1989 Volkswagen Cabriolet
By Bob McHugh
Summer is the worst time of the year to buy a convertible, if you’re looking for a bargain. The weather is hot, the convertible tops are down, and just about everybody is envious of that carefree, hair blowing in the wind, cool dude behind the wheel.
The convertible version of VW’s successor to the Beetle, known in North America as the Rabbit, the Cabriolet is an European classic. The first Beetle convertible was produced in 1956, the Rabbit Convertible went into production in 1980 and in 1985 the Golf Cabriolet emerged from the Karmann plant in Osnabrueck, Germany.
The Cabriolet has a surprisingly roomy interior and trunk considering its compact outer dimensions and the space needed for the folded soft-top. A built-in roll bar and optional glass rear window with electric defogger are good safety features. Insurance industry injury risk statistics give the Cabriolet an overall average rating for injury protection but it’s actually better than most open sports cars, and even better when you factor in its size.
A well preserved Cabriolet will hold it’s value extremely well and may sell for well above the average prices shown in the attached chart. Not surprisingly, and no doubt for the same reason, this is also a popular car with auto thieves. So, if it doesn’t already have one, a security system would be a good investment.
The original Cabriolet was based on the Rabbit (first generation Golf) but uses the same running gear as the (second generation) VW Golf. Highway fuel consumption is slightly worse because of the additional weight and poorer aerodynamics. The 1.8 litre engine with a 5-speed manual transmission was rated at 9.9 L/100 km (29 mpg) in the city and 7.9 L/100 km (36 mpg) on the highway.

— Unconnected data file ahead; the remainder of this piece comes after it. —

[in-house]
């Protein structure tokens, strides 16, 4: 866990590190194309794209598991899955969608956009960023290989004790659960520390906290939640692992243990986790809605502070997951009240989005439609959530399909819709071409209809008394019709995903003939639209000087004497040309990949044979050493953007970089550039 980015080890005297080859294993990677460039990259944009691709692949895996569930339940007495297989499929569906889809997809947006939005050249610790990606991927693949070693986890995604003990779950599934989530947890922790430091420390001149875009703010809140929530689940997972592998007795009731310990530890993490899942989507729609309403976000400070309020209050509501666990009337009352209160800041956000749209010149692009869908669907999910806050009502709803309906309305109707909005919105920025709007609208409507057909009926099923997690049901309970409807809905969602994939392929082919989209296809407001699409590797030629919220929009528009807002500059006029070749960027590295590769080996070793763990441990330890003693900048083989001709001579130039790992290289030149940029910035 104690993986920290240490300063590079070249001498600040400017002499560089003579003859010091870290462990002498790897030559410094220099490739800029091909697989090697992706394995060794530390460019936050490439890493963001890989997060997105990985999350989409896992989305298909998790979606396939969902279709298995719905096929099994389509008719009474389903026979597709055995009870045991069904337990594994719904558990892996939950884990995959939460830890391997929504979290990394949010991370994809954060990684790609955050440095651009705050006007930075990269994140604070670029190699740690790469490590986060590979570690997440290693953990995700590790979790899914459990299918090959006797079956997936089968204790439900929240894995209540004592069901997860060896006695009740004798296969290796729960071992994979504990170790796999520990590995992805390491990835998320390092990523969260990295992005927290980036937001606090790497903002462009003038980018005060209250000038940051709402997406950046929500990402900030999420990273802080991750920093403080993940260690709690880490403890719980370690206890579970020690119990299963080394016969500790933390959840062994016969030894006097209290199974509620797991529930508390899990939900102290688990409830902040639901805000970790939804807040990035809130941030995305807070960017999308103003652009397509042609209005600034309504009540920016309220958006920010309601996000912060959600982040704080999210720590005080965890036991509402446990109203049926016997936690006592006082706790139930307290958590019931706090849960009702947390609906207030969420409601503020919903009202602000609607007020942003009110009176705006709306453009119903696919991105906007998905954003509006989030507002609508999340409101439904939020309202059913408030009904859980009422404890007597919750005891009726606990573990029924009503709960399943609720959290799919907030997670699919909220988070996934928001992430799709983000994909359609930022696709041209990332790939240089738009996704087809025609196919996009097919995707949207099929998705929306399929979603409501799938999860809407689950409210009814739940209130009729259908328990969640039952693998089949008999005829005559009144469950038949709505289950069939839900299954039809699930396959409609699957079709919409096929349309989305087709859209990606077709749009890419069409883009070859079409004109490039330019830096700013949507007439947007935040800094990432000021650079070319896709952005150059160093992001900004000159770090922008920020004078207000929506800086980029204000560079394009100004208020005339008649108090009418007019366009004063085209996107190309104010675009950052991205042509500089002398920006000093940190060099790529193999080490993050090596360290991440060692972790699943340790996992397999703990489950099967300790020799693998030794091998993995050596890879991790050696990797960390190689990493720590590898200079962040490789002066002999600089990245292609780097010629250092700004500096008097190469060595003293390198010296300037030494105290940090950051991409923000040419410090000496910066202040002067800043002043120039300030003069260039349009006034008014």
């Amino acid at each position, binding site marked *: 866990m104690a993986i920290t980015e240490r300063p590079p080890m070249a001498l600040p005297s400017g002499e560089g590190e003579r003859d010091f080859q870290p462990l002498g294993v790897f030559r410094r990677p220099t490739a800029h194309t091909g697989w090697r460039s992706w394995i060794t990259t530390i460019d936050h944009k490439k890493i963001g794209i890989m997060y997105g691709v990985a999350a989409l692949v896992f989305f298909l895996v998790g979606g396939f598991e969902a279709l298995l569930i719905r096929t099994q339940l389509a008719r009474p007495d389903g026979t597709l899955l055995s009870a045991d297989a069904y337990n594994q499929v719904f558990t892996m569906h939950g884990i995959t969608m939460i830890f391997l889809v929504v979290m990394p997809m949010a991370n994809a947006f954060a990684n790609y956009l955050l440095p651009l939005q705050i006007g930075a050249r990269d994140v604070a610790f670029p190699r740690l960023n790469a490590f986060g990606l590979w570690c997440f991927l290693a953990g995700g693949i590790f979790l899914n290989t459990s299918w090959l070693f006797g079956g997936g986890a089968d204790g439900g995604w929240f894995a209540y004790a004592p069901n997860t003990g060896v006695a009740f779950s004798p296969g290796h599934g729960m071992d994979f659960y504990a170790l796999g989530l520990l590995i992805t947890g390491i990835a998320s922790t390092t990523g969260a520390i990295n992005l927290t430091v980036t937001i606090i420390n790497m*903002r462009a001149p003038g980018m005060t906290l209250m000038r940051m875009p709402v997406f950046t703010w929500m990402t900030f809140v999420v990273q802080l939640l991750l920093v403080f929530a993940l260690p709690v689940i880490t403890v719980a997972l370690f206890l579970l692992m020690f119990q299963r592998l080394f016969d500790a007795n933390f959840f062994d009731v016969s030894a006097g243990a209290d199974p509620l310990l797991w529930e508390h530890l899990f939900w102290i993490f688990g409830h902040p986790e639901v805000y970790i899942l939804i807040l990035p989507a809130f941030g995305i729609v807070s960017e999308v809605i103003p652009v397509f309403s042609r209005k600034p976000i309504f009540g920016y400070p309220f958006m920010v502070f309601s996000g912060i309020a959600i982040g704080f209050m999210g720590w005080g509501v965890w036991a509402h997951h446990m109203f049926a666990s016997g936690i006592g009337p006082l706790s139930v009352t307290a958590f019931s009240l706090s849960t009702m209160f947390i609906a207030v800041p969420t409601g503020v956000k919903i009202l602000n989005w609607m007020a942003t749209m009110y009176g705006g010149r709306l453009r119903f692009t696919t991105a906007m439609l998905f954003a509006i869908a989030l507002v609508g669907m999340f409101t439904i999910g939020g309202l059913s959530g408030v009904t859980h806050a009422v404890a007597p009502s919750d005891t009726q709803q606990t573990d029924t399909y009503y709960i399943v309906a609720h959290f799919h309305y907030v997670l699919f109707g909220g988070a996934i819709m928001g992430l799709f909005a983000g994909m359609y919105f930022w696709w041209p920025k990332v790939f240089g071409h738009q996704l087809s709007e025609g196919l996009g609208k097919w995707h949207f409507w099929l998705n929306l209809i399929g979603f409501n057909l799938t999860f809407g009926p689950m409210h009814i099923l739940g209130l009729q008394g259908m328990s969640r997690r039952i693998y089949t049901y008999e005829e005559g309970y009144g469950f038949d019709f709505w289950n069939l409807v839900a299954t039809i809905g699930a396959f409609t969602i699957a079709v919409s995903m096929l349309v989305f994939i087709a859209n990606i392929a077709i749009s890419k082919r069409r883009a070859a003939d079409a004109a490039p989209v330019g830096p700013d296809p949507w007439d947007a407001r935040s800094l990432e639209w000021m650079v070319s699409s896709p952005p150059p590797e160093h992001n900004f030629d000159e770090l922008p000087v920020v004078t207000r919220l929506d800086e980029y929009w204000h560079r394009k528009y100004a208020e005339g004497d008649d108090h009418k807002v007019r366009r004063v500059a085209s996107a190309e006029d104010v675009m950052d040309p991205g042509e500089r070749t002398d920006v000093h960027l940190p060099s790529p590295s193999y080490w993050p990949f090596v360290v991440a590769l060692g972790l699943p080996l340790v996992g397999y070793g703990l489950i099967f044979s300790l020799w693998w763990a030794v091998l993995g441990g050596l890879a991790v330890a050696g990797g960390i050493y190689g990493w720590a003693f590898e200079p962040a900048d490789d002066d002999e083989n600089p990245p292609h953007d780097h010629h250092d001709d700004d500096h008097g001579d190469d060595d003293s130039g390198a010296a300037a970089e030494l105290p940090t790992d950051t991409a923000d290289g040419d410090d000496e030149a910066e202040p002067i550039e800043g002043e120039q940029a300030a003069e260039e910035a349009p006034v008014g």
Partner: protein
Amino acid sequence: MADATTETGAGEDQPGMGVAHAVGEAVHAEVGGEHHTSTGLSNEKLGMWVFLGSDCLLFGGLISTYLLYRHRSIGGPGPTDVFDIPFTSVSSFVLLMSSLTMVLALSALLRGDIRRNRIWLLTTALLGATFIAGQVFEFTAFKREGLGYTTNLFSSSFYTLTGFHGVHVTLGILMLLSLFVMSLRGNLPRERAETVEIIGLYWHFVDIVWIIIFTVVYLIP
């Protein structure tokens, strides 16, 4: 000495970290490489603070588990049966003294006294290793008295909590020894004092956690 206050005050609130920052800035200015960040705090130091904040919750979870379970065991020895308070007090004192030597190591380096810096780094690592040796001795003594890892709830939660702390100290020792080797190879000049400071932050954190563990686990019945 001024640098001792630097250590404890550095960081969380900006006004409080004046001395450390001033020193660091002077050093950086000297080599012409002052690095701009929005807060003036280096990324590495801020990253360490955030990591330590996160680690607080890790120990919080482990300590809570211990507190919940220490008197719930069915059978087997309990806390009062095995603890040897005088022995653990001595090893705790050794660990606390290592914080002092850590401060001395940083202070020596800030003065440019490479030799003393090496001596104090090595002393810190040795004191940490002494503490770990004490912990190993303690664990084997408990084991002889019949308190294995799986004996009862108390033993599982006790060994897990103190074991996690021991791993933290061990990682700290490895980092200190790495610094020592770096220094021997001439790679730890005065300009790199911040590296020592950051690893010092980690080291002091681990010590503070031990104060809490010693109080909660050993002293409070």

In 1988 a new look Cabriolet hit the streets with wrap-around bumpers and a special ground effects package. In 1990 the 1.8 litre engine received a mild up-grade to 94 horsepower, 4 more than the previous year. In addition, Bestseller and Boutique versions of the Cabriolet were added to the VW line-up. A power soft-top was added as an option in 1991, for the first time.
The Cabriolet product line was trimmed to just one version in 1993 and its price was also reduced. This was also the last year of production with the first generation body style and it didn’t make the Canadian VW product line-up in 1994.
Periodic lubrication of the hood latch is important to keep it working properly and prevent hood fly-up while in motion. The fuel tank in the 1987 to ’90 Cabriolets can develop a hairline crack and allow fuel to seep out. And the ’90 Cabriolet was recalled for a light switch that didn’t meet the daytime running light standard.
Cute, clever and practical, the Volkswagen Golf Cabriolet is a car for car lovers and very popular with the ladies. Canadian sales peeked in the eighties when it competed with Mustang and LeBaron for top spot on the convertible charts. New import competition from the likes of the Mazda Miata hurt sales in the nineties so there’s not as many good used Cabriolets around, but they’re certainly worth the search.
Used vehicle prices vary depending on factors such as general condition, odometer reading, usage history and options fitted. Always have a used vehicle checked by an experienced auto technician before you buy.